There are calls for a new 'peoples bus service' in Cambridge as prospective councillors look for ways to make public transport more reliable for people commuting in the city.
Labour candidate Dan Greef has said he wants to see a 'peoples public bus service' in Cambridge that could rival other bus operators and improve the public transport in Cambridge.
He told a hustings in Queen Ediths ward, a council-run bus franchise could improve bus provision in the city by introducing more competition and covering routes that are under-served.
Conservative candidate Manas Deb said he would like to see private companies like AstraZeneca contribute to the cost of public transport in the city.
Lib Dem candidate Colin McGerty and Green candidate Joel Chalfen picked up on the environmental benefits of getting more people onto buses (particularly electric ones) and getting cars out of the city centre.
Mr McGerty said he is "impatient" and said the city council needed to crack on with creating a clean air zone in Cambridge with electric buses instead of petrol or diesel cars.
'The mayor has the power'
Cllr Rosy Moore, executive councillor for environmental services and city centre, said she supported the idea of bus franchising in Cambridge, and said the Combined Authority and its mayor James Palmer could make this a reality.
Cllr Moore said: “I totally support bus franchising. That is one of the mayors new powers.
“I think we need better and more reliable buses in Cambridge. We needed them before, and we need them now. And we need buses with lower emissions. It is something I support and I also wonder whether there are other things we can do to get people out of private cars.
“The mayor has the power and I would urge him to use that."
Cllr Moore said other things that could be tried in Cambridge include “communal taxi shares” where people could club together to take taxis in and out of the city centre.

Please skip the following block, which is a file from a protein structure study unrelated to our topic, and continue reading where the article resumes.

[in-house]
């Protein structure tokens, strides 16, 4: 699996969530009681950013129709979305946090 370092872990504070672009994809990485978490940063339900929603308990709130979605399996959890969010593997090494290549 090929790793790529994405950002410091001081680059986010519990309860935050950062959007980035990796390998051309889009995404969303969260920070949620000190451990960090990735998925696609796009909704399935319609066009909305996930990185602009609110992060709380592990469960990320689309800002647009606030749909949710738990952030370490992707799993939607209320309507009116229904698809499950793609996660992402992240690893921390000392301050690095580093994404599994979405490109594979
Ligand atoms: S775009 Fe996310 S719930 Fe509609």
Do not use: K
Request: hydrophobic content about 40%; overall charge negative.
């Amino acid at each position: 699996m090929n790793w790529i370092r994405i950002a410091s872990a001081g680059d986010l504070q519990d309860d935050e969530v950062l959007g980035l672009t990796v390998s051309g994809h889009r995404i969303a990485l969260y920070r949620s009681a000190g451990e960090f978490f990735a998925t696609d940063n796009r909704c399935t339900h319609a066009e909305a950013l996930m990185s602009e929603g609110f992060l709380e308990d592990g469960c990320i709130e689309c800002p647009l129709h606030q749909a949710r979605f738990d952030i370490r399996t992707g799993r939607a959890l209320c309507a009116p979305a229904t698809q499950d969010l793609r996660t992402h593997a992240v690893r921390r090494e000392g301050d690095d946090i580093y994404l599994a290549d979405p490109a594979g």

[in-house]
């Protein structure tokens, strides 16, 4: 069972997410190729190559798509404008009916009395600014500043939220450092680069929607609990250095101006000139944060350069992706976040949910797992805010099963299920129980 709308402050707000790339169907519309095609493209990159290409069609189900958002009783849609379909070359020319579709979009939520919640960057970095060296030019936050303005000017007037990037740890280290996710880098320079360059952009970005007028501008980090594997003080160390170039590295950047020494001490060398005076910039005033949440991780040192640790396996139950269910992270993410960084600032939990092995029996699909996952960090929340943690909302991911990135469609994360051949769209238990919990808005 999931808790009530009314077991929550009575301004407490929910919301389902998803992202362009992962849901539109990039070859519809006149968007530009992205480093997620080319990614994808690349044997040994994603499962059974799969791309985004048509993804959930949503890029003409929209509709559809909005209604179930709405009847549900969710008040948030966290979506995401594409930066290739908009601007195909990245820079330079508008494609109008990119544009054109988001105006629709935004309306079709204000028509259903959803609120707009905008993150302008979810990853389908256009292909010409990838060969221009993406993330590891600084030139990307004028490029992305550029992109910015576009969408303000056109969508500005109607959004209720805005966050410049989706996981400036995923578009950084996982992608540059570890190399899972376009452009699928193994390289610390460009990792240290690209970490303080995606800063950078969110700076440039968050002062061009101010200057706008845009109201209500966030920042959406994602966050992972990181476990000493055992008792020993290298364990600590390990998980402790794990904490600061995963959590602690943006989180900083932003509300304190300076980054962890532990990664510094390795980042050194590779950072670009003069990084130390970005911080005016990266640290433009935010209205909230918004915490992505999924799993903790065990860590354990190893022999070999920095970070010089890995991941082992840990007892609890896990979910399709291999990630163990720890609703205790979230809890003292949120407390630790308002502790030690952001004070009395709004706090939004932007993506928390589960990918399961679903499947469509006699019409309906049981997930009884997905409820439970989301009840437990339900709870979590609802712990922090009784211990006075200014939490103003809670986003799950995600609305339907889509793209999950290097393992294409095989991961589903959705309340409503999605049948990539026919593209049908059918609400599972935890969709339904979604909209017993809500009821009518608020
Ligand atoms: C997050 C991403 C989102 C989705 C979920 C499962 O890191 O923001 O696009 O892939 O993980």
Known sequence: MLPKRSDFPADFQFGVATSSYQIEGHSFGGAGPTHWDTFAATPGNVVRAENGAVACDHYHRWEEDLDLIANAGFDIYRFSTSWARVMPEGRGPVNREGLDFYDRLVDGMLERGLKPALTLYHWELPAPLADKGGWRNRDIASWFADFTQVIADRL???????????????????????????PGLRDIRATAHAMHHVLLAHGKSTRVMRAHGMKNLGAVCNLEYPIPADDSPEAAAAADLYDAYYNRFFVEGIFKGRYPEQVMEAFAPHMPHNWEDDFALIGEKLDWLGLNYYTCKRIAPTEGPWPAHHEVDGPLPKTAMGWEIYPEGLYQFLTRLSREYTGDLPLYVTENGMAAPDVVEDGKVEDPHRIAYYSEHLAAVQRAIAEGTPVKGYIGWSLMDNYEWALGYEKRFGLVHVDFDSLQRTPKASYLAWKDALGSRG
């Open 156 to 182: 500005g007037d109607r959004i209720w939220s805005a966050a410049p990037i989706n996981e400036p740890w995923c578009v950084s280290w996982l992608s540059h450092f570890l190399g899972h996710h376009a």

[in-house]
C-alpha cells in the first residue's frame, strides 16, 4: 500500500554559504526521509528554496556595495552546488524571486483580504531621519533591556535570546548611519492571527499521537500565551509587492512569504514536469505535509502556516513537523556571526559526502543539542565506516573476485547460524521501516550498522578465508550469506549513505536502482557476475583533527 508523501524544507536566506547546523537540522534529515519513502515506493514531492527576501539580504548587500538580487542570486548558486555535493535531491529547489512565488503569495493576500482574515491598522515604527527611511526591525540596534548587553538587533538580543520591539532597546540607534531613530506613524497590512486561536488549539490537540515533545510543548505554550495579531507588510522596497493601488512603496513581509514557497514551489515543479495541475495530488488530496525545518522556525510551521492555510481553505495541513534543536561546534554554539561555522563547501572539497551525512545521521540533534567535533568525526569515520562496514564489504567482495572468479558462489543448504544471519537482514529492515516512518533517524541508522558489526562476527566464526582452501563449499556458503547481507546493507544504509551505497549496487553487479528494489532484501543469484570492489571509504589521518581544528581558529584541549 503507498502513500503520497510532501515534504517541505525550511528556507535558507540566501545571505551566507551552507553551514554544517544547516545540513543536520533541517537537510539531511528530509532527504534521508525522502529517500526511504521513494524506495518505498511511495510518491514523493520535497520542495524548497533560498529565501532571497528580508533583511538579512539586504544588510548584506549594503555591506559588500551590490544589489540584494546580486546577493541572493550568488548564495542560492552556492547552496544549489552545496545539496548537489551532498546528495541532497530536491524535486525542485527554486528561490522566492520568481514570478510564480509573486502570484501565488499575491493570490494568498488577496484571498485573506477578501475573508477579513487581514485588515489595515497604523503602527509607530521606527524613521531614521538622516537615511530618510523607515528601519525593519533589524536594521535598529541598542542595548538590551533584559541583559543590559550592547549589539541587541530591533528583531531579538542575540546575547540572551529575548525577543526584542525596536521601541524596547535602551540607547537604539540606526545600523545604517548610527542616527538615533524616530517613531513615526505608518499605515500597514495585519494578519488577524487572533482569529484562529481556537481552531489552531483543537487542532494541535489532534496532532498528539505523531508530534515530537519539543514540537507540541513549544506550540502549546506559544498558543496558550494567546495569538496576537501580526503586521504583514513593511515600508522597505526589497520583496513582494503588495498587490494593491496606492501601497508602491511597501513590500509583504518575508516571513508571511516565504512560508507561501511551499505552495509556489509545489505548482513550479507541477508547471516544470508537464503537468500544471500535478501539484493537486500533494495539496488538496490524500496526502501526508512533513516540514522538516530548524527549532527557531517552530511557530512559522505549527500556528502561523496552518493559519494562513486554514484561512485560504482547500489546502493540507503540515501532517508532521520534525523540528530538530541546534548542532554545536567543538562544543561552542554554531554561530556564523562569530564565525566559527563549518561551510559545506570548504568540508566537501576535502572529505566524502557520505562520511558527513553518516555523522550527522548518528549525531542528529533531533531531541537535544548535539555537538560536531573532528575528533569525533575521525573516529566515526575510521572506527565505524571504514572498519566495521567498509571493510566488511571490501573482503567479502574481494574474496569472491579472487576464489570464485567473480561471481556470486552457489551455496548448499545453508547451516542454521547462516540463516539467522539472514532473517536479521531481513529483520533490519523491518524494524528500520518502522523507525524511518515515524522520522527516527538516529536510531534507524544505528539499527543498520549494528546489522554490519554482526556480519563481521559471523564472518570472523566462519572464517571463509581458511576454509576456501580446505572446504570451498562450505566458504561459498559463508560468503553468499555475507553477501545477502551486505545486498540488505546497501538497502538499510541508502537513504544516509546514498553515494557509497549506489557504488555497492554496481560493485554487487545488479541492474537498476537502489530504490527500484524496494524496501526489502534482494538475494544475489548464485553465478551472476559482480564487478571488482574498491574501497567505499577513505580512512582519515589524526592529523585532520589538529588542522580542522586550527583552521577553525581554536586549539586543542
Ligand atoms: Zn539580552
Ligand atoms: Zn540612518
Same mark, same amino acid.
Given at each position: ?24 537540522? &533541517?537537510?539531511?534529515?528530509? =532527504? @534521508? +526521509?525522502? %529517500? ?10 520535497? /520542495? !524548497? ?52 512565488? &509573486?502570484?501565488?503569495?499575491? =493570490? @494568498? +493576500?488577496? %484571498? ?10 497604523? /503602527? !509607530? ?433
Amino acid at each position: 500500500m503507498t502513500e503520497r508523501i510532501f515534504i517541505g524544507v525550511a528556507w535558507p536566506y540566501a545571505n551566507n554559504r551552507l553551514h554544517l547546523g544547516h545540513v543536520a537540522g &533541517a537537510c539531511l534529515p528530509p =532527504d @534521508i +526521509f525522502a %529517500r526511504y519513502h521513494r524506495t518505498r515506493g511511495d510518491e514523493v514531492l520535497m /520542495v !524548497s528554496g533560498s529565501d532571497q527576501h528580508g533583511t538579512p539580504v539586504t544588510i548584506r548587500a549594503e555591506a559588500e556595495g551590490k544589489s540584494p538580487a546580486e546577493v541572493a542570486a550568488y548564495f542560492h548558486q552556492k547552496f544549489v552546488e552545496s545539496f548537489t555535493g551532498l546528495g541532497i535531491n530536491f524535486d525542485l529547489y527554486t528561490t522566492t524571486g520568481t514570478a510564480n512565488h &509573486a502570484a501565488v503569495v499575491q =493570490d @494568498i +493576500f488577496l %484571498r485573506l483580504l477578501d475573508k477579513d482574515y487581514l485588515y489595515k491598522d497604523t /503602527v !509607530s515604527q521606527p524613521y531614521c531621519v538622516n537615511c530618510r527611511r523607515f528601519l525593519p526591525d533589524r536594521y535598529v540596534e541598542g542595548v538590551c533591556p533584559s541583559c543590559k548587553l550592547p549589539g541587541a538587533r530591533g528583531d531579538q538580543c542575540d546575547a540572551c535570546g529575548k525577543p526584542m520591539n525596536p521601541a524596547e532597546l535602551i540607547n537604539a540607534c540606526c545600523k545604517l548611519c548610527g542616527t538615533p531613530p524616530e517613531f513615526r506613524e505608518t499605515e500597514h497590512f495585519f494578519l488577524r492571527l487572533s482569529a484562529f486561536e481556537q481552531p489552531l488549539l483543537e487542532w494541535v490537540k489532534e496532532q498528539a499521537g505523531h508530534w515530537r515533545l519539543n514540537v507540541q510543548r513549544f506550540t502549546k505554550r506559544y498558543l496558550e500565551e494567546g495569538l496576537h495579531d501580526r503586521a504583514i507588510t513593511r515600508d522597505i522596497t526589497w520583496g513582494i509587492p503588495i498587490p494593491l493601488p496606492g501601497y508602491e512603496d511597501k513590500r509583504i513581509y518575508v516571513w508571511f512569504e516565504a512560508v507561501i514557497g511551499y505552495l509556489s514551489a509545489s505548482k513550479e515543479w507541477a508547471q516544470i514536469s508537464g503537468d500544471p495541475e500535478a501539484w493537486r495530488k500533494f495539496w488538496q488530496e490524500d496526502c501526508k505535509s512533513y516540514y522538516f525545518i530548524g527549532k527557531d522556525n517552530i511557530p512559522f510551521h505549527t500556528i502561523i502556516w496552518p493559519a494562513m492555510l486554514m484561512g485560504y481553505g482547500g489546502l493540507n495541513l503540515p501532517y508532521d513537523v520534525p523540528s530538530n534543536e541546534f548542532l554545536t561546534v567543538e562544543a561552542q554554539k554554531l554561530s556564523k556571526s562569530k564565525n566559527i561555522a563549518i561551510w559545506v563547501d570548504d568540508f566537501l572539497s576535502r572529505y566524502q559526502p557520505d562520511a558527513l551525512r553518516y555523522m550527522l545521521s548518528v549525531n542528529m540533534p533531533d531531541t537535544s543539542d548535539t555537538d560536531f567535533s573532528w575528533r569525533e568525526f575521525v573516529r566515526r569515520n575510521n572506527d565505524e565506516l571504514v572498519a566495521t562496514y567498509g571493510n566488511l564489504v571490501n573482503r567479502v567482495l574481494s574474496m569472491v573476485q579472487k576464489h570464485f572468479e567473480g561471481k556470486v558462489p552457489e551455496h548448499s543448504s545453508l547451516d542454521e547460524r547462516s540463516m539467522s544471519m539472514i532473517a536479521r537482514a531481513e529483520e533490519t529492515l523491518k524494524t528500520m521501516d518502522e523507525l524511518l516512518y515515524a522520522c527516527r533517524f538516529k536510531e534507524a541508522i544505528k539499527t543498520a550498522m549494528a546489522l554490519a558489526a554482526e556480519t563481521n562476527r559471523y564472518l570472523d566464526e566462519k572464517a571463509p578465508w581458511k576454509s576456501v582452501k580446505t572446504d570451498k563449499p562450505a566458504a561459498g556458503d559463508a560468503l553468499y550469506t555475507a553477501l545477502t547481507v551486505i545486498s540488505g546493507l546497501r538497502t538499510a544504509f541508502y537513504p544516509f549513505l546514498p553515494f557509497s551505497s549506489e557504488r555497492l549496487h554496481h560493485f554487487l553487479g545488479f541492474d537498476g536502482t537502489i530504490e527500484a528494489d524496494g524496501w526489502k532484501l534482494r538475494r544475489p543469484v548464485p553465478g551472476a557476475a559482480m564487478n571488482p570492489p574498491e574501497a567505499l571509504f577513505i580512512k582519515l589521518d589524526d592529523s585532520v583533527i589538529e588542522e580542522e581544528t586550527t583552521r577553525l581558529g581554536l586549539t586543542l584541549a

In November 2017, a £150,000 review of bus services was commissioned by the Cambridgeshire and Peterborough Combined Authority. The review was set up to look at the reliability of bus services in Cambridgeshire, with a particular emphasis on services and reliability in rural areas.
'We need improvement now'
Leader of Cambridge City Council, Cllr Lewis Herbert, who sits on the board of the Greater Cambridge Partnership (GCP), said there needed to be better public transport in Cambridge. He said, in the long term, projects like the metro would help make public transport more reliable in Cambridge.
He noted, however, that there needed to be an interim step to address congestion problems in the first instance.
Cllr Herbert said: “The mayor has a bus review and, after the election, we have to look at the implications for Cambridge. We need an improvement of the services we have now.
“This is linked to tackling congestion and there are long-term ambitions for the metro. There is unfinished business in terms of improving the bus service and how it operates and also making it more competitive for people. We need a high quality bus option.”
Cllr Herbert noted that the city council had neither the budget or the expertise to run its own bus franchise, but said other government bodies could help.
“The city council doesnt have sufficient expertise to run a bus company,” said Cllr Herbert. “But having competition in Cambridge is important. The bus review will be expected to look at this. It is a tough job running a bus company. We need short and medium term solutions to improve transport in Cambridge.”
James Palmer was contacted for comment.